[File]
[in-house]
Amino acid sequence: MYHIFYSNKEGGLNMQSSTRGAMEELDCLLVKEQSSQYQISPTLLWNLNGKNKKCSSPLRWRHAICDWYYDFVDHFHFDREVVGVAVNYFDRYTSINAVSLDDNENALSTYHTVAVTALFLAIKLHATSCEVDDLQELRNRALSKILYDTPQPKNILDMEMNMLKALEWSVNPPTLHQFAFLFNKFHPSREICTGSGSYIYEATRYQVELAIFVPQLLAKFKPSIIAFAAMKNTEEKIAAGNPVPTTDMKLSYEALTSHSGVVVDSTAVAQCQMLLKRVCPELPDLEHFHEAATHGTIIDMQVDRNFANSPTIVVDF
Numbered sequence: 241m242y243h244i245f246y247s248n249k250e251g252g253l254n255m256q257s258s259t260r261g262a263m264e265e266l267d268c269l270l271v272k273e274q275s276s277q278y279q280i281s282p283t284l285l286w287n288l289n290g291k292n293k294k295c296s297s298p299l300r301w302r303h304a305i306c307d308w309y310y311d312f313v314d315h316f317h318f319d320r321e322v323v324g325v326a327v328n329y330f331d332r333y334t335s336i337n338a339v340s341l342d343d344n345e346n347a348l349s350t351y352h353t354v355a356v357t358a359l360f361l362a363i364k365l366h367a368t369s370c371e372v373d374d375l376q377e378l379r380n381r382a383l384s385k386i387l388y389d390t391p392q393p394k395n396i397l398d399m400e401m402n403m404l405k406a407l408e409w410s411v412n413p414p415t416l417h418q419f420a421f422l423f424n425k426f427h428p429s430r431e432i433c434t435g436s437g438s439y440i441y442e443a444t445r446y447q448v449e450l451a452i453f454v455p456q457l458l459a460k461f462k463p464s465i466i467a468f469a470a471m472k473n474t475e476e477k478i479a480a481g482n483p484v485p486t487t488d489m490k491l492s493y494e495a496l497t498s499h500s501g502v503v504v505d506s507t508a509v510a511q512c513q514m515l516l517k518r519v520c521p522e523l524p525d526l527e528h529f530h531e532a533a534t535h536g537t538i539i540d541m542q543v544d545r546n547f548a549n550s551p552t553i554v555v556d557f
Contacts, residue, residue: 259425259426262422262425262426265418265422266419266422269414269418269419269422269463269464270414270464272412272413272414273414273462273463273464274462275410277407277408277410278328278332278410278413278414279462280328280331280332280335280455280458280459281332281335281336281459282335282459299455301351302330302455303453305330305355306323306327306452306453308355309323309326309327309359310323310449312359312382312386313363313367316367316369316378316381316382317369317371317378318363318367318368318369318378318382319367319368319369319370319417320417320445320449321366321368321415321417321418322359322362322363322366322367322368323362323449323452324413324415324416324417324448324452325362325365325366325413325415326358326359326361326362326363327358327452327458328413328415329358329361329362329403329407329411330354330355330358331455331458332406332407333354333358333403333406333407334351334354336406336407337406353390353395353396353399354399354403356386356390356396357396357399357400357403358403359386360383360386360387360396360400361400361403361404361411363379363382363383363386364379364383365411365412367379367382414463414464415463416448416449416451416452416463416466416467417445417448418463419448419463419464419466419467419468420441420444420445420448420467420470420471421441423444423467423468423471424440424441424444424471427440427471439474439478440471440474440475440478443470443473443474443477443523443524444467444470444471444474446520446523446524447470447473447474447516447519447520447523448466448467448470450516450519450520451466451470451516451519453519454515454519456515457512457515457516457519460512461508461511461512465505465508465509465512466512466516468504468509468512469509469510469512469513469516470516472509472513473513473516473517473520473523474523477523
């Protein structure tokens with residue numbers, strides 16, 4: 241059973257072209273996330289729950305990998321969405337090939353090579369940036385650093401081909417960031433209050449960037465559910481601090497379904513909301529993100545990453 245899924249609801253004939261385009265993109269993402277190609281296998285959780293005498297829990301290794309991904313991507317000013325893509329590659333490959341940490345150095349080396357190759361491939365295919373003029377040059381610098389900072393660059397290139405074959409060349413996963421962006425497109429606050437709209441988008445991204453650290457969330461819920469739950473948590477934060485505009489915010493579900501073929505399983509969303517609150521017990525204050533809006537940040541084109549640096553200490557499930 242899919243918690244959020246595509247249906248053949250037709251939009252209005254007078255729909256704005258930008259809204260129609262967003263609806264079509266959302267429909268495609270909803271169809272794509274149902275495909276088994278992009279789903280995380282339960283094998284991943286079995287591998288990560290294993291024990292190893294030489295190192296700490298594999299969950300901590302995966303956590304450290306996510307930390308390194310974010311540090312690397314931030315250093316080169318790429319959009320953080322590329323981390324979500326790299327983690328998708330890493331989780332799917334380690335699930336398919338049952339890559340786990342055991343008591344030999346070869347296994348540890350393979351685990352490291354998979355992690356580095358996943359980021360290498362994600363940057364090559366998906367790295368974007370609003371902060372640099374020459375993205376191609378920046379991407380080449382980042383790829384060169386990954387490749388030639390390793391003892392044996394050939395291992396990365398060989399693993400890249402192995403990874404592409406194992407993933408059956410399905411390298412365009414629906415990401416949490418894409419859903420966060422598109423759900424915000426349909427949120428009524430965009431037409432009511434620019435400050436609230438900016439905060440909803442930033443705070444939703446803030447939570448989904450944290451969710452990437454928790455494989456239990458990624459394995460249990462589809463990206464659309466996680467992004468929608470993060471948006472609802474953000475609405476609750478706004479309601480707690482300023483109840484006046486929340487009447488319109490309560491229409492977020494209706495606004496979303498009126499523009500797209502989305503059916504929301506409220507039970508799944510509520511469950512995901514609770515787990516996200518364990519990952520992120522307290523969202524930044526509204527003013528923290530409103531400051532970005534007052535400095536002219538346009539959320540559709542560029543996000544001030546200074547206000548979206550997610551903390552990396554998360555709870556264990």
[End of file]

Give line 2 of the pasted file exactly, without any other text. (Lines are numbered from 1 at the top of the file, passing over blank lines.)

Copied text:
Amino acid sequence: MYHIFYSNKEGGLNMQSSTRGAMEELDCLLVKEQSSQYQISPTLLWNLNGKNKKCSSPLRWRHAICDWYYDFVDHFHFDREVVGVAVNYFDRYTSINAVSLDDNENALSTYHTVAVTALFLAIKLHATSCEVDDLQELRNRALSKILYDTPQPKNILDMEMNMLKALEWSVNPPTLHQFAFLFNKFHPSREICTGSGSYIYEATRYQVELAIFVPQLLAKFKPSIIAFAAMKNTEEKIAAGNPVPTTDMKLSYEALTSHSGVVVDSTAVAQCQMLLKRVCPELPDLEHFHEAATHGTIIDMQVDRNFANSPTIVVDF